What are some of Suhakam’s recommendations on the ISA?

That the act should ensure the rights of the individual. The authorities cannot detain without prior investigation. Detention cannot be arbitrary to the extent of up to 60 days. We recognise that the authorities have a duty to society but detain for up to seven days? If they don’t have a case, release them. And they cannot deprive these people of the right to be represented. They cannot say the decision can’t be challenged in court except on procedural grounds. The sting of the matter is not the procedure but what the person did or did not do. How can you not challenge that?

If after seven days the police find that they do have the evidence that the person is a security threat, they can detain him for a maximum of one year after which they must charge or release him.

Also under the rule of law, a person is presumed innocent until proven guilty and it is the prosecution’s duty to prove its case beyond reasonable doubt. But if you look at the ISA, the trend is that it shifts the burden of proof to the accused. How can that be? You mean the accused must prove he is innocent rather than the prosecution must prove its case beyond reasonable doubt and cases can’t be challenged in a court of law? That is against human rights principles.

Those on the receiving end of the ISA have argued that the Act has been used by the Government in power to suppress political opponents like in the case of Operasi Lalang or the crackdown during Reformasi?

Personally in my view, the decision taken in Ops Lalang was not political. It was based on the question of security. I handled that case in court. I represented the Government and I am convinced that it was not because of politics. It’s because the activities, if allowed to continue, might have affected the security of the country.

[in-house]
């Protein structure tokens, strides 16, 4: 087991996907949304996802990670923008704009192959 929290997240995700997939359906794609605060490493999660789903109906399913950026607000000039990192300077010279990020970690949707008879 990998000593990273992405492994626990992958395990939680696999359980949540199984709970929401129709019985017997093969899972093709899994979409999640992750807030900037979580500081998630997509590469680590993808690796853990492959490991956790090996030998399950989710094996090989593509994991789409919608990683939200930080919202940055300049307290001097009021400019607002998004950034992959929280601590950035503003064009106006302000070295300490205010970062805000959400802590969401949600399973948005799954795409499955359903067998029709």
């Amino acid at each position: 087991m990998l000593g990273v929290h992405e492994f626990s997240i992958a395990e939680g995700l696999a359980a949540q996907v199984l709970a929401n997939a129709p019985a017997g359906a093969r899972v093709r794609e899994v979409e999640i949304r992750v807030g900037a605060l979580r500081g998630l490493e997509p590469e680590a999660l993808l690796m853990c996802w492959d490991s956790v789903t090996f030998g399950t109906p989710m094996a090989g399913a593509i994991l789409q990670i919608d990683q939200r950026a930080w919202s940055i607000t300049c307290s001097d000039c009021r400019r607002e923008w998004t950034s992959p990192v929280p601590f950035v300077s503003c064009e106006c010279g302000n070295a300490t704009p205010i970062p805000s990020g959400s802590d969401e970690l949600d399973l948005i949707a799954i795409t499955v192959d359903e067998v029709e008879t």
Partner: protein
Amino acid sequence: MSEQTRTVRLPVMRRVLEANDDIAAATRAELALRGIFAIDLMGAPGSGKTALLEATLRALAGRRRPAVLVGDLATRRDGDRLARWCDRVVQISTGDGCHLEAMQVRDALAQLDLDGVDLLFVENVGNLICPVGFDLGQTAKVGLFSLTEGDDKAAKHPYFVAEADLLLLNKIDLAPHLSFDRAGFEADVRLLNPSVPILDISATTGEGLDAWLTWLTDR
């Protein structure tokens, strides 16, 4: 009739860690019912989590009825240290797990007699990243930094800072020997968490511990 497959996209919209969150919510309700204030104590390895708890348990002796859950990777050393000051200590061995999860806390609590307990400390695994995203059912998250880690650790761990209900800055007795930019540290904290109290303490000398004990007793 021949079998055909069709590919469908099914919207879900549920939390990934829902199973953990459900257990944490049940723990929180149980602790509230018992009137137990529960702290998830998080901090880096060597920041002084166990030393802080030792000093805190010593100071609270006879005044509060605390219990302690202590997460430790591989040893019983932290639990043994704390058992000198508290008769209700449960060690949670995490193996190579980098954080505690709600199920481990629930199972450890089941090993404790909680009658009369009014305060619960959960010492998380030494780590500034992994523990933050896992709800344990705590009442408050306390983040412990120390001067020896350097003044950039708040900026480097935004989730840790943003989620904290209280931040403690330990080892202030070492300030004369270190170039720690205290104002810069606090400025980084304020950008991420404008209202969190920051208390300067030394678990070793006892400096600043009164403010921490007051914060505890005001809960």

Whether this is right or wrong, it is not for me to say. It was challenged in court and I think the decision of the minister then was not disturbed.

The controversy of the ISA centres on the detention without trial. It has been alleged that sometimes the Act has been used against the Opposition – that’s why it has become so controversial. I can’t confirm if this is happening but to me a politician has no special rights.

But people seem to think that the ISA is used only against some?

It is not true but unfortunately, there is a perception that the enforcement agency seems to adopt a double standard in the administration of the law in this country. It has been said that reports against members of the administration are not investigated or take a long time to be investigated whereas reports against the Opposition are always investigated speedily and given big publicity. Hence this perception of double standard.

Even in court cases, when it involves a member of opposition, it is said to be quick and judgement can be made very fast. But in other cases, a court takes five years to write its judgement. I am not making this up. It is a fact. So can we blame the public for having the perception that there is double standards in the administration of law and justice in this country. Suhakam has taken this matter up with the court.